Top 6 EV Innovations Underway in 2022 That Will Astound You
Please understand that this is not about faster charging. We're talking about flying taxis, cars that never run out of juice, and self-driving cars.
The simple concept of going from point A to point B is being reimagined in various ways in the age of electric vehicles (EVs). Each battery-powered innovation demonstrates a completely new mode of transportation, some of which we never imagined conceivable before. Electric jetpacks, solar automobiles, electric trucks, and even electric boards like Segways are current and recent examples. And if you knew anything about what's going on in the automobile business, you'd know that these EV advances aren't going away anytime soon.
Do you require examples? What about flying cabs? Or how about a solar-powered car that can charge for half a year in one go? Yes, these seem like far-fetched and mind-boggling possibilities right now, but so were airplanes until the Wright Brothers proved everyone wrong. With the automobile sector at its pinnacle, we now have an army of such brains rethinking mobility in every way conceivable in order to bring the most feasible and sustainable answer to the forefront.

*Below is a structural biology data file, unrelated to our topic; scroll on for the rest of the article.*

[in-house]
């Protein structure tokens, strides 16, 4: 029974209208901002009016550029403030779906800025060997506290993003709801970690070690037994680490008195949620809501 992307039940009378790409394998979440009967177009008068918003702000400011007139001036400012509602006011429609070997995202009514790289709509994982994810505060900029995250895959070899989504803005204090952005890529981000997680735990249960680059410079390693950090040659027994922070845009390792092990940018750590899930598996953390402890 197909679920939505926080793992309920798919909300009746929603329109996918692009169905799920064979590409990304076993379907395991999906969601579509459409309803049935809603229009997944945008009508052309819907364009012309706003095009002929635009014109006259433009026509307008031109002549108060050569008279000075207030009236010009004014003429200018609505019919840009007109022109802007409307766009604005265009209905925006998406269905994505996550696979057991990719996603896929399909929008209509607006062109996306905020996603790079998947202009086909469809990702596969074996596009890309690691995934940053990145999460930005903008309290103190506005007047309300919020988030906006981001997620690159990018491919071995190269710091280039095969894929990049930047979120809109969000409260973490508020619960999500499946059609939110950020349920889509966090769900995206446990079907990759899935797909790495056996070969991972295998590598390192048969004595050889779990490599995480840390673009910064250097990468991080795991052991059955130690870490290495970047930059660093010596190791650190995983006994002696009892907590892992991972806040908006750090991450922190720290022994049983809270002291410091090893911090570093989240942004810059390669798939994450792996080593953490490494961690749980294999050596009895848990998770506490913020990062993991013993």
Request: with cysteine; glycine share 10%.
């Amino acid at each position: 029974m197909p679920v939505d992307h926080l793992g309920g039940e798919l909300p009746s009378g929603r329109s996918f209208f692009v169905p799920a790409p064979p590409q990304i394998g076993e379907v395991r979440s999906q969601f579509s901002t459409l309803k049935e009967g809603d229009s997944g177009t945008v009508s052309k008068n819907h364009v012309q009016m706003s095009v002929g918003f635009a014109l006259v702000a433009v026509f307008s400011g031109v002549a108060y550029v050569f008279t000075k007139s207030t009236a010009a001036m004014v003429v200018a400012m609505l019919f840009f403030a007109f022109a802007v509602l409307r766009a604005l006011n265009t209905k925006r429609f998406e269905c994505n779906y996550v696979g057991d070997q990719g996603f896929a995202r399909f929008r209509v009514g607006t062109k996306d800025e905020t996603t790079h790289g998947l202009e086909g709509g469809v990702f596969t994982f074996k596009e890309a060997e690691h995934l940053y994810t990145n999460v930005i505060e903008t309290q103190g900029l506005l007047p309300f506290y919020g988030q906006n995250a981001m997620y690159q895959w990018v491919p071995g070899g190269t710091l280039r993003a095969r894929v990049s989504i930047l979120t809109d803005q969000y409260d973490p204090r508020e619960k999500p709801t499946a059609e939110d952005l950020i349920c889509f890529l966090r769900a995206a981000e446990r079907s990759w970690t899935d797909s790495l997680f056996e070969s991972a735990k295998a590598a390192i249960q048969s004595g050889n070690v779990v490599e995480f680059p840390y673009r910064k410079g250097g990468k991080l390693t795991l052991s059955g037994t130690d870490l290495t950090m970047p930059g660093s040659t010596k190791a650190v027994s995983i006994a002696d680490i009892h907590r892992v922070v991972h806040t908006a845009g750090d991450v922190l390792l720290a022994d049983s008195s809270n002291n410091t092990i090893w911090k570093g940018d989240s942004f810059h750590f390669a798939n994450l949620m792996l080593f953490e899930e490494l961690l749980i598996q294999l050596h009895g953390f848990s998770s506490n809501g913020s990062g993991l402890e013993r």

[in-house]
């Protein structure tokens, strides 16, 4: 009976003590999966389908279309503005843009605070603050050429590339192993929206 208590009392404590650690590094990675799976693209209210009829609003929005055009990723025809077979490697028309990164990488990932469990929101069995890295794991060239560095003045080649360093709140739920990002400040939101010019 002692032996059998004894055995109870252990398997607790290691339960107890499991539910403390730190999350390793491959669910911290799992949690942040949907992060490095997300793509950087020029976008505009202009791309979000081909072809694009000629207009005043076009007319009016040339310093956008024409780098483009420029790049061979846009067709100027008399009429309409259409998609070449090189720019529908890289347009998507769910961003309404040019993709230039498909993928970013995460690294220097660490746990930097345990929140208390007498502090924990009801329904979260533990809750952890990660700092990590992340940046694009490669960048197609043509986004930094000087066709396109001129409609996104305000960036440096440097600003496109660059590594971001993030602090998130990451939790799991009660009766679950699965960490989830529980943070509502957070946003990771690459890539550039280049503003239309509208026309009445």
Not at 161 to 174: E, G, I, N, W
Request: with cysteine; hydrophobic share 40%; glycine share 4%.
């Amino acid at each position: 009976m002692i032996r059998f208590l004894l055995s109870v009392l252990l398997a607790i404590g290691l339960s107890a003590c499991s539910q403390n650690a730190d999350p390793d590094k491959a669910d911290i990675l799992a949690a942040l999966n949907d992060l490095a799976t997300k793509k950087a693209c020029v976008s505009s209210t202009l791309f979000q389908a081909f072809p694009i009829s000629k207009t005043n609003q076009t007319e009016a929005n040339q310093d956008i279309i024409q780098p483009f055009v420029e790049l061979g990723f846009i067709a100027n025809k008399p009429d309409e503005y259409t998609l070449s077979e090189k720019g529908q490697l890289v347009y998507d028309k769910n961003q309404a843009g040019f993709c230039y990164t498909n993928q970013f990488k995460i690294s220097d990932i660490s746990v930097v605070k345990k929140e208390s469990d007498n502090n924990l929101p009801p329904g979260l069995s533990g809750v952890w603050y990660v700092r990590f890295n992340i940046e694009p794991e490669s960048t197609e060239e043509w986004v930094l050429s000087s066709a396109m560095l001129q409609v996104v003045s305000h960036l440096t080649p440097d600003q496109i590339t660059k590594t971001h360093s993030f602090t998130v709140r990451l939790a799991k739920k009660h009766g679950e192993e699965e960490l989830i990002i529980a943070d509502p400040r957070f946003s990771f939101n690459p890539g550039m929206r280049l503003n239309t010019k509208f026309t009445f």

And, believe it or not, they are making progress.
Unfortunately, these developments have received little attention. The other day, I Googled "EV innovations 2022" to see what was new in the realm of electric vehicles. The majority of the articles discussed scientific advancements in battery technology, such as increasing their capacity (and range), making them charge faster, or making them safer in automobiles. While a battery is one of the most important components of an EV, these articles simply ignored any improvements in the "vehicle" aspect of EVs.
That, right there, is the issue with today's coverage of the umbrella term "EV." Almost everyone is attempting to limit the phrase to battery-powered scooters, vehicles, trucks, or any other type of vehicle that they are familiar with. In reality, once you decide to utilize a battery to power a motor, the vehicle can be created in any shape or form to accommodate it. Electric planes, helicopters, vehicles, trucks, buses, bikes, skateboards, skates, boats, submarines, and even opulent yachts are examples.